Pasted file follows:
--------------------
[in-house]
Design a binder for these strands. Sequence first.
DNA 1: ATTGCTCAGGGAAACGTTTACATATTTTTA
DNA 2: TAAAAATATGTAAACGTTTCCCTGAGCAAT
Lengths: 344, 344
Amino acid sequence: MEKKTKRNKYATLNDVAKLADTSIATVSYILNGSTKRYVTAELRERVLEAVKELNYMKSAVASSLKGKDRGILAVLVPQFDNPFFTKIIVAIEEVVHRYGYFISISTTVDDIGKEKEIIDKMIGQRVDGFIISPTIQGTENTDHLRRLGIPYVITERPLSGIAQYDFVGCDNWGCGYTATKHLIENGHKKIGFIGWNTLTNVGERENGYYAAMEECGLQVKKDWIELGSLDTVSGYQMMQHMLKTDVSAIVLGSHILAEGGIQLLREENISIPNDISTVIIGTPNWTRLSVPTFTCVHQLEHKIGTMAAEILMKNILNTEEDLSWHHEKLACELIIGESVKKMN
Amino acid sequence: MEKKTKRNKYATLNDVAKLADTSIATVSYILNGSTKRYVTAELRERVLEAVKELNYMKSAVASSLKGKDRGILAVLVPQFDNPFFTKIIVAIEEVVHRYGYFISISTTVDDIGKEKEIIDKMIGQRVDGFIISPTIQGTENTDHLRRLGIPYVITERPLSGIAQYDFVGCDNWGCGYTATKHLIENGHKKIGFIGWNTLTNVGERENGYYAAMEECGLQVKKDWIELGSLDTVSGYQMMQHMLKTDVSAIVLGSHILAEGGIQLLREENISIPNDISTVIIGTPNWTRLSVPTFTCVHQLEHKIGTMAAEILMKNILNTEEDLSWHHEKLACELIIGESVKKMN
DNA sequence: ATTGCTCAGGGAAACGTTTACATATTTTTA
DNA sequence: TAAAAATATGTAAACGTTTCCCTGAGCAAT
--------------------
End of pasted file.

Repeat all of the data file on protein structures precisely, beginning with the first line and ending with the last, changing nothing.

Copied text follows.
[in-house]
Design a binder for these strands. Sequence first.
DNA 1: ATTGCTCAGGGAAACGTTTACATATTTTTA
DNA 2: TAAAAATATGTAAACGTTTCCCTGAGCAAT
Lengths: 344, 344
Amino acid sequence: MEKKTKRNKYATLNDVAKLADTSIATVSYILNGSTKRYVTAELRERVLEAVKELNYMKSAVASSLKGKDRGILAVLVPQFDNPFFTKIIVAIEEVVHRYGYFISISTTVDDIGKEKEIIDKMIGQRVDGFIISPTIQGTENTDHLRRLGIPYVITERPLSGIAQYDFVGCDNWGCGYTATKHLIENGHKKIGFIGWNTLTNVGERENGYYAAMEECGLQVKKDWIELGSLDTVSGYQMMQHMLKTDVSAIVLGSHILAEGGIQLLREENISIPNDISTVIIGTPNWTRLSVPTFTCVHQLEHKIGTMAAEILMKNILNTEEDLSWHHEKLACELIIGESVKKMN
Amino acid sequence: MEKKTKRNKYATLNDVAKLADTSIATVSYILNGSTKRYVTAELRERVLEAVKELNYMKSAVASSLKGKDRGILAVLVPQFDNPFFTKIIVAIEEVVHRYGYFISISTTVDDIGKEKEIIDKMIGQRVDGFIISPTIQGTENTDHLRRLGIPYVITERPLSGIAQYDFVGCDNWGCGYTATKHLIENGHKKIGFIGWNTLTNVGERENGYYAAMEECGLQVKKDWIELGSLDTVSGYQMMQHMLKTDVSAIVLGSHILAEGGIQLLREENISIPNDISTVIIGTPNWTRLSVPTFTCVHQLEHKIGTMAAEILMKNILNTEEDLSWHHEKLACELIIGESVKKMN
DNA sequence: ATTGCTCAGGGAAACGTTTACATATTTTTA
DNA sequence: TAAAAATATGTAAACGTTTCCCTGAGCAAT